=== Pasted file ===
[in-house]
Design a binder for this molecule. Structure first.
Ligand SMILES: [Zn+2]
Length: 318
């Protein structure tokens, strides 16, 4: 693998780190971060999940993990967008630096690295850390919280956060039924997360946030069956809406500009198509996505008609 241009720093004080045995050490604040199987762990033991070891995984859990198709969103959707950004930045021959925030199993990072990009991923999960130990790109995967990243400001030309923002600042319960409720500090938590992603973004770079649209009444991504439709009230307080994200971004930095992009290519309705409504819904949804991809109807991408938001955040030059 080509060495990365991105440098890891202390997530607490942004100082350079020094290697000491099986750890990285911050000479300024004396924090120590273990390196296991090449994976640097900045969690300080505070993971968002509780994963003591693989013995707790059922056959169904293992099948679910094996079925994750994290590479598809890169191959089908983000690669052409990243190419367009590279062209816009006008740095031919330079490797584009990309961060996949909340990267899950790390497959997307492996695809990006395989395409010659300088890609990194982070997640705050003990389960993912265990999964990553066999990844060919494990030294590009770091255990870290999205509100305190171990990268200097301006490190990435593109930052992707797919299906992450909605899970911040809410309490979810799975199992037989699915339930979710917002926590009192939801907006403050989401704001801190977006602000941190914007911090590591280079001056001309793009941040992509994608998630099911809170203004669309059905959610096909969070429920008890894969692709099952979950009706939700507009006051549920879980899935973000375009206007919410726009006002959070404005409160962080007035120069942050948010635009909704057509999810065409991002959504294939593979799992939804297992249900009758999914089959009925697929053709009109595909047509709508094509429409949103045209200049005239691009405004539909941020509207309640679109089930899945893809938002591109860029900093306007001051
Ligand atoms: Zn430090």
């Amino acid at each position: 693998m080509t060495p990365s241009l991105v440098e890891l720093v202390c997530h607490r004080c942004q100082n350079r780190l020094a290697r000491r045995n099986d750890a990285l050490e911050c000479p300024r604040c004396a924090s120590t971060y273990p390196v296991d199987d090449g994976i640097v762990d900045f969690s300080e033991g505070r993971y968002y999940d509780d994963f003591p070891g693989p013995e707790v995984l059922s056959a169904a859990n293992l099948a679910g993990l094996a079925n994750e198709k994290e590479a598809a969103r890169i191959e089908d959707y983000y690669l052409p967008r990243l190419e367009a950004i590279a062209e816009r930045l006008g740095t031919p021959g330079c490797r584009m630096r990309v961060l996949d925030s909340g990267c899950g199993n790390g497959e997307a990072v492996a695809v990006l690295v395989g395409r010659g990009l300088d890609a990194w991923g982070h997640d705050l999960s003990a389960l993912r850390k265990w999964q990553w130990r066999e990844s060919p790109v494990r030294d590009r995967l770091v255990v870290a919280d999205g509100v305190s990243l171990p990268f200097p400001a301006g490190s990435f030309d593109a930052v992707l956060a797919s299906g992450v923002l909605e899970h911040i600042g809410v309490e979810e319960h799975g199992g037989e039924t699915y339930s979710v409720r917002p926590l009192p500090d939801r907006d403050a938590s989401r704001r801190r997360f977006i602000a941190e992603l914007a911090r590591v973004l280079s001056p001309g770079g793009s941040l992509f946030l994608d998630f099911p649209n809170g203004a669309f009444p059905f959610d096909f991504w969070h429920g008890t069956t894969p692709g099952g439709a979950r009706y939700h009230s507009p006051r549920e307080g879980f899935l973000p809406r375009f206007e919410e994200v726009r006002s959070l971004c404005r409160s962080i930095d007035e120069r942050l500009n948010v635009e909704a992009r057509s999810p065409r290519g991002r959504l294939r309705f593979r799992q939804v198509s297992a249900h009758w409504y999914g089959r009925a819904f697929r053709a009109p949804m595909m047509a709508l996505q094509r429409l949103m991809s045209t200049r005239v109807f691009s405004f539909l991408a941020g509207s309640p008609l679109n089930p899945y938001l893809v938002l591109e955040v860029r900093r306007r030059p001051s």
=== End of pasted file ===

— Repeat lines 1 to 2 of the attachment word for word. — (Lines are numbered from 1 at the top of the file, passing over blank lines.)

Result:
[in-house]
Design a binder for this molecule. Structure first.